• In situations where there isn’t enough network bandwidth or reliable network bandwidth to handle the amount of data that is being sent back and forth, edge computing can be a fantastic solution. This also works for a network’s that have poorer communication connections.
  • Any industry that requires an immense focus on cybersecurity, may have privacy concerns about using cloud computing to send data over public networks. As with any online access, it can be hacked or broken into. Edge computing is a better option in this case since all data is retained locally.
  • Any IoT application that requires rapid data sampling or requires calculated results without delay would work well with edge computing. This is the most common use case of fog computing, as a lot of IoT devices do not need data to be processed collectively and analyzed cumulatively. There is no point in wasting expensive bandwidth on transporting information that doesn’t require these steps. One option is to have sensors connect to the cloud when there is information that does need reporting, rather than always being connected.
  • Edge computing can even work with IoT deployments that require both localized and batched data processing. For instance, edge computing can be used in this way with a remote retail store that needs to tally up sales and inventory daily. The remote retail store does not need to send off data about every single transaction being made from minute to minute, but the headquarters does require a tallied report. With edge computing, real-time data of each transaction can be processed locally, then at the time of closing, a report can be generated and sent off through the network to headquarters. What problem does this solve? With current cloud computing architectures, real-time data is streamed into it and accumulated rapidly. This data is often seen as useless as it isn’t compiled in such a way that is useful to the business (i.e. reports), yet organizations don’t want to delete the data for fear that it can be used. This ends up wasting a ton of money as the data is almost always stored indefinitely but never utilized. Edge computing fixes this problem by sending only post-processed information to the cloud.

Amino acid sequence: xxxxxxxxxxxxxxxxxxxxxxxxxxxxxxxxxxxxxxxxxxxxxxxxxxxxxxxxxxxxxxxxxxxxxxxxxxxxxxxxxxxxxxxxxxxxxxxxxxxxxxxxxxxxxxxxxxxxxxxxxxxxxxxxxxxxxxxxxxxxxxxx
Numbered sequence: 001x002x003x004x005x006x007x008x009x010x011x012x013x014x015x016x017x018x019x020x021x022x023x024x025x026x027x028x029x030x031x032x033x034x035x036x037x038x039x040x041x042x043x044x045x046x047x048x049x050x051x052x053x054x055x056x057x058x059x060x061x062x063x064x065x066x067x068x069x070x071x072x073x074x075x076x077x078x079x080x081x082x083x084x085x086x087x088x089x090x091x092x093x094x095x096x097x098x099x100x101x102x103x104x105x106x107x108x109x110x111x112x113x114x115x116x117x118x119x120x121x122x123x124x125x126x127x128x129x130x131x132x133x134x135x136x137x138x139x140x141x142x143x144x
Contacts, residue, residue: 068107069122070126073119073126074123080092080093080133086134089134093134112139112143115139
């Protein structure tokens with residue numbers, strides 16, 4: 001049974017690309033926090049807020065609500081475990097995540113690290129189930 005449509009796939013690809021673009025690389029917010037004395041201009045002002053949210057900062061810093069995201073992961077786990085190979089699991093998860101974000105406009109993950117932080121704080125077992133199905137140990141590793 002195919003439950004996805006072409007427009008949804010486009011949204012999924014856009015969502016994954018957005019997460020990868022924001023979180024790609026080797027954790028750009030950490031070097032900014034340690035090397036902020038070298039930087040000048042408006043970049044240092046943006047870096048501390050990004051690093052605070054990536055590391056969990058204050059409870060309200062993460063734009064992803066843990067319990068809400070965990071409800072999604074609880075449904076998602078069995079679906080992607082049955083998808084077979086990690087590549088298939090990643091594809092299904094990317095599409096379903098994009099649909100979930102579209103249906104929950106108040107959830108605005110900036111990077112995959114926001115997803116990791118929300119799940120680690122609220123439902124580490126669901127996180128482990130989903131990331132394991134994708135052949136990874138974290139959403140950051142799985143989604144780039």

While edge computing may be a better choice in some use cases, as seen above, it doesn’t mean that cloud computing should be done away with completely. It isn’t an either-or proposition, as these two network architectures can be used in tandem with one another to maximize the processing and use of data while minimizing limitations like unreliable connections, expensive bandwidth processing, and cybersecurity threats.

More than 75% of enterprise data will be processed outside the cloud and IoT edge computing will play a major role in it. The potential size of the edge computing market will increase by $13 billion worldwide within a period.

As per existing trends in IoT, most companies can consider edge computing for upcoming products to take full advantage of technology.

Investment in IoT based edge technology is surely the best bet for the future. It’ll help to channelize a better IoT ecosystem as well. Let’s talk and build best IoT system.